It’s nowhere in writing; however, we have a responsibility to protect our elders. They’ve made our lives comfortable as we know it today. Unfortunately, greed has taken over many that work directly with our elders. Each year, 2 million seniors become victims of abuse or neglect. It’s important for you to recognize the signs and symptoms of elder abuse in senior care facilities because you may be the only voice they ever have.
Why It’s Difficult Determining Elder Abuse
It is easier said than done to recognize the signs and symptoms of elder abuse. Even when a senior breaks down and tells about their situation, it’s often hard to believe. That could be because it sounds so outrageous, and the senior care facility seems so warm and loving looking from the outside in. Some of the abusive signs may mimic signs of dementia. Hopefully, this article will bring out the awareness you need to keep an open mind and heart.
The Types of Elder Abuse in Senior Care Facilities
The New York Times published an article in October 2000, Congressional Investigators Cite Safety Violations at Nursing Homes. This listed many tragic incidents reported throughout the United States of senior victims. Violations were found such as:
• Restraints found on residents
• No one responding to a resident’s plea for help
• Being bathed with soiled towels
• Ants crawling around the face of an elderly resident
• Residents are physically abused by other residents
• Molestation while bathing residents
There are many other terrible situations. The thought of these heinous actions is a cause for alarm. And, while some manners are nowhere near as serious as these, they are still minimizing our elderly’s dignity, freedom, and quality lifestyle. Below we discuss five common types of elder abuse in senior care facilities and how to recognize their signs.
Recognizing Financial Abuse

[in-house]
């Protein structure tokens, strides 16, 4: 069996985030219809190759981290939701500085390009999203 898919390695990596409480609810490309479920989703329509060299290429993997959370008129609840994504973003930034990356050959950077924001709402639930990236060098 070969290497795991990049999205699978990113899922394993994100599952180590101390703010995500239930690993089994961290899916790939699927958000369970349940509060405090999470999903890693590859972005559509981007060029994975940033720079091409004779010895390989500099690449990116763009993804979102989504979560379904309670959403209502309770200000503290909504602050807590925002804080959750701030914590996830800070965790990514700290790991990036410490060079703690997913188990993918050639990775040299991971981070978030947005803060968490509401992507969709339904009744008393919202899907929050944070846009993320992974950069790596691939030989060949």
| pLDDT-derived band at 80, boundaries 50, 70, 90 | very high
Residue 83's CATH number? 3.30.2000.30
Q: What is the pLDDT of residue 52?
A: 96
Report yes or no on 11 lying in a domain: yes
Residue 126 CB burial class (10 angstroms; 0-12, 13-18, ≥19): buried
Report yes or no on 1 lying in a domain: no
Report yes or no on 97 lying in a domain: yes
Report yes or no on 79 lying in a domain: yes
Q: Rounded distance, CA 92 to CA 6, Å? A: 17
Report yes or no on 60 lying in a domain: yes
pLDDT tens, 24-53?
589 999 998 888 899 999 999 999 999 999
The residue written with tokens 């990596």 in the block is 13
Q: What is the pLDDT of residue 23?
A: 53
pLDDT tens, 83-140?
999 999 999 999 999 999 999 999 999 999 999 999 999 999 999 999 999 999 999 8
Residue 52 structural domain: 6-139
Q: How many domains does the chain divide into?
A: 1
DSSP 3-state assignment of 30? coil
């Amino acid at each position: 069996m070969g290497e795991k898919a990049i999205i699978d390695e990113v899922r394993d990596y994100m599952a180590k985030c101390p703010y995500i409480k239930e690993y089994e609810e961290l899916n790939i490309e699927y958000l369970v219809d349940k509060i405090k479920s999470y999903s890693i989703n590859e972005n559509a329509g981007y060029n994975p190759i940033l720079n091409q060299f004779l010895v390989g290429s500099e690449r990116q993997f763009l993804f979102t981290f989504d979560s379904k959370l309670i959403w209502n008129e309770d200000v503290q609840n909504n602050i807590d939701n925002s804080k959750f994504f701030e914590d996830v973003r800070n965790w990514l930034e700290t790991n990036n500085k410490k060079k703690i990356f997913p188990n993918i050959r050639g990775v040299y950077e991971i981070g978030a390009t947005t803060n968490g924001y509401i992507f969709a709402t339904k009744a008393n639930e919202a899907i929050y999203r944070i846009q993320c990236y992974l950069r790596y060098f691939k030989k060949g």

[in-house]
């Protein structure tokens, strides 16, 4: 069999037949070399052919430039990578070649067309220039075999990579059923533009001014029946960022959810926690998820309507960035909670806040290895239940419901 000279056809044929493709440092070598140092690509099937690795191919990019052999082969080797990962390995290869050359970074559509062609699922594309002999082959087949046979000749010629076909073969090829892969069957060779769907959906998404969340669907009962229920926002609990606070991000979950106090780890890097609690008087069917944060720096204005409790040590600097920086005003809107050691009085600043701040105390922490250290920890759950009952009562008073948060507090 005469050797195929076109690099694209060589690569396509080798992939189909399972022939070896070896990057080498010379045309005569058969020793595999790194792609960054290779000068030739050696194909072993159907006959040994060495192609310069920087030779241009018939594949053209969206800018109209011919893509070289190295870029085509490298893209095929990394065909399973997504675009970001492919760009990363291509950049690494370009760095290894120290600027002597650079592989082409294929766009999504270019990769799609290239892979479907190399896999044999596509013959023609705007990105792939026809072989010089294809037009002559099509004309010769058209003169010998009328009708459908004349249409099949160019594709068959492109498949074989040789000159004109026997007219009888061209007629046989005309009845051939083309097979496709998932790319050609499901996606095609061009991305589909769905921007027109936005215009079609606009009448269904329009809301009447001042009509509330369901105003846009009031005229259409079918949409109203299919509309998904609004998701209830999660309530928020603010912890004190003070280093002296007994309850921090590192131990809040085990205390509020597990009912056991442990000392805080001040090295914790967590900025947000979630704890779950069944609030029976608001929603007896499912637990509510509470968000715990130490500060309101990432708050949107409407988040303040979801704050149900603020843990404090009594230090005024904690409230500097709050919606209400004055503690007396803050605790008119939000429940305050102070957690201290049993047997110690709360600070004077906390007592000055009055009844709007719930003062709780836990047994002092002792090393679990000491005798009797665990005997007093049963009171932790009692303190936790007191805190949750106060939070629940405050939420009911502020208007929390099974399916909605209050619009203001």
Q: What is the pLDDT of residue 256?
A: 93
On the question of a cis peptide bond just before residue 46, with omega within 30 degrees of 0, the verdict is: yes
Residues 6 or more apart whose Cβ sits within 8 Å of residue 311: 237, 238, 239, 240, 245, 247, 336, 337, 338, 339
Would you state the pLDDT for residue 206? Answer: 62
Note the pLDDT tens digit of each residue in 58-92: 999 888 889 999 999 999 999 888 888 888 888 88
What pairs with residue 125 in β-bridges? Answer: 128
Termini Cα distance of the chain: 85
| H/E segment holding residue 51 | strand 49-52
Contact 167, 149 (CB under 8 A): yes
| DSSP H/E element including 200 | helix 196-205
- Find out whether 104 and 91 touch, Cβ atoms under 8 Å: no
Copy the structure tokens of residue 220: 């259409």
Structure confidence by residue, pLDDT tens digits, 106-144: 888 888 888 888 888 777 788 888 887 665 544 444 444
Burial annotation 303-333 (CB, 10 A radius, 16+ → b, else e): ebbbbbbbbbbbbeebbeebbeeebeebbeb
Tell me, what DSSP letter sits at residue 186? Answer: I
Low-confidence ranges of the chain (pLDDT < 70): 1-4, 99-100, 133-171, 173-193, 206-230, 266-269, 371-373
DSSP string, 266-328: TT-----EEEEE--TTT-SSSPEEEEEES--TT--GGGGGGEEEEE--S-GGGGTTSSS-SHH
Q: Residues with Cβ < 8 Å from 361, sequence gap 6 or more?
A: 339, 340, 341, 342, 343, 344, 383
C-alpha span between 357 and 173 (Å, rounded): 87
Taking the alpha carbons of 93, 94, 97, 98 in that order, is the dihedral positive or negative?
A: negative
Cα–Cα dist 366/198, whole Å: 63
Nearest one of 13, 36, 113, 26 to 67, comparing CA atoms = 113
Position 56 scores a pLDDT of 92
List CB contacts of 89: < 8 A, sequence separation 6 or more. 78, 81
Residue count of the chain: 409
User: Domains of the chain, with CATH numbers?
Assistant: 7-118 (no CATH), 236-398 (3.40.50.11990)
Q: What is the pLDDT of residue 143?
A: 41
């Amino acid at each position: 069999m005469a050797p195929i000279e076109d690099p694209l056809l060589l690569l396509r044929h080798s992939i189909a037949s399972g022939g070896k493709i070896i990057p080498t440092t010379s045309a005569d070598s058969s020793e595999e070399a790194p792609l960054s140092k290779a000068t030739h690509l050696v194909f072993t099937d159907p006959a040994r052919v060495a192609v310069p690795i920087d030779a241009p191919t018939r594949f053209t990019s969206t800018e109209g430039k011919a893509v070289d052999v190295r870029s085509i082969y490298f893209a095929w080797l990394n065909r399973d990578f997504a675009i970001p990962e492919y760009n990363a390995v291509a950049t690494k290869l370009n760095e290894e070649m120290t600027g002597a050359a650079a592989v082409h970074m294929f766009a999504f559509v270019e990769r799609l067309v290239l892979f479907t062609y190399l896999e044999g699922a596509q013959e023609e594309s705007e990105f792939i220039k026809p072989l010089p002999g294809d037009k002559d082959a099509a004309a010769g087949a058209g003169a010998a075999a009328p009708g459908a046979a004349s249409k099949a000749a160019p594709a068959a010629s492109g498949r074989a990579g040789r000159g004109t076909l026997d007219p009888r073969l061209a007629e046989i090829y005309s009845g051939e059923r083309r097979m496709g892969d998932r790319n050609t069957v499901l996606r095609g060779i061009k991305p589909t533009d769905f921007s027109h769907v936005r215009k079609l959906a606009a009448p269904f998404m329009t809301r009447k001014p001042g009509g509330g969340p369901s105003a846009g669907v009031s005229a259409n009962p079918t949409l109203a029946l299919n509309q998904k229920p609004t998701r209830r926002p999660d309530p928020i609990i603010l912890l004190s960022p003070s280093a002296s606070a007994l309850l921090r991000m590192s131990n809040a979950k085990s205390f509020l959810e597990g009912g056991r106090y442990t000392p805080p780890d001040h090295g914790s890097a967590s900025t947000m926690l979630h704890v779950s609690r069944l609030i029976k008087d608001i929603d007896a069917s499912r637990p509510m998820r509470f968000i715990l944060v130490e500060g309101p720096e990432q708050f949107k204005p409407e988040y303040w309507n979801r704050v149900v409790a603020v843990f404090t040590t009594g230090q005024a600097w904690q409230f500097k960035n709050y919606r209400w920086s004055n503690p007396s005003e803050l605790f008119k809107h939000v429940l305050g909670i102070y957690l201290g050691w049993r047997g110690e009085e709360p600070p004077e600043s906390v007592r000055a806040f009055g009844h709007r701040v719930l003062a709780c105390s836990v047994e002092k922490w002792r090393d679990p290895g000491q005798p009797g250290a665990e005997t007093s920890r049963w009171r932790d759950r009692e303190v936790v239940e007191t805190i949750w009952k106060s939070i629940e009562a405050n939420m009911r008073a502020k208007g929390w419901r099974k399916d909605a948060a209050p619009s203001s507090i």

One of the most common forms of elder abuse is financial abuse. An elder’s money or property is misused or taken from them, including clothing, jewelry, and checks. You’ll notice this happening to your senior loved one if they have many unusual bank withdrawals, property no longer in their name, revisions to their will or trusts, or new credit lines opened.
Recognizing Physical Abuse
Sometimes physical abuse is easily recognized such as bruises on the arms and legs, bedsores, or broken bones. However, other things such as being slapped, pushed, shaken, forced fed, or not fed at all are not as easy to detect. Even when you do see these things, being in a senior care facility, a caregiver can fabricate “reasonable” explanations for it all. Things can be said such as “They fell off the bed, slipped in the tub, or had a bad night and dreamed it all” can be phrased in such a way, it’s believable. Other things to watch out for include sudden weight loss, dehydration, or always heavily sedated.
Recognizing Sexual Abuse
Unfortunately, sexual abuse is defined as any form of sexual activity in which one party involved does not give consent. However, being in a care facility, no employee or volunteer should be engaging in this conduct, even with a willing senior. Sexual abuse comes in many forms, including rape, fondling in the bathtub, sexual comments, exposure of genitals, and sexual harassment. A few signs you’ll notice are bleeding or bruises in genital areas, torn underwear, or having a sexually transmitted disease.
Recognizing Emotional Abuse
Emotional or psychological abuse inflicts fear and minimizes the feeling of self-worth and dignity in seniors every day. Emotional abuse includes:
• Ignoring a senior
• Calling them names
• Shouting at them
• Placing them in isolation
• Stripping them of making decisions
Senior victims of elder abuse exhibit signs of depression, often mumbles, are fearful and blame themselves consistently for minor problems.
Recognizing Isolation and Neglect
In senior care facilities that are understaffed and underpaid, isolation and neglect are a common occurrence. Staff may not want to be “bothered” with residents and lock them away in a room, unable to access their crutches or wheelchair. They may strap them down to their beds to prevent them from “hurting” themselves. They have no social interactions with other residents or staff.
Neglect of a senior is when a caregiver does not meet the senior’s needs. They won’t provide them with the food and beverages they need to sustain themselves, won’t properly bathe them, nor provide accurate medicines for pain and stability. You’ll notice signs of isolation and regret in seniors:
• Dressed in soiled clothing
• Living in unsanitary and unsafe living environments
• Appear malnourished
• Given frequent sedatives
• Show marks on their wrists and ankles, indicating they’ve been restrained
It’s hard to believe that any of this could go on inside a senior care facility. After all, they are supposed to be cared for. In these times, no one should be underestimated. For more information on how you can detect and stop elder abuse, visit the National Center on Elder Abuse website at http://www.ncea.aoa.gov/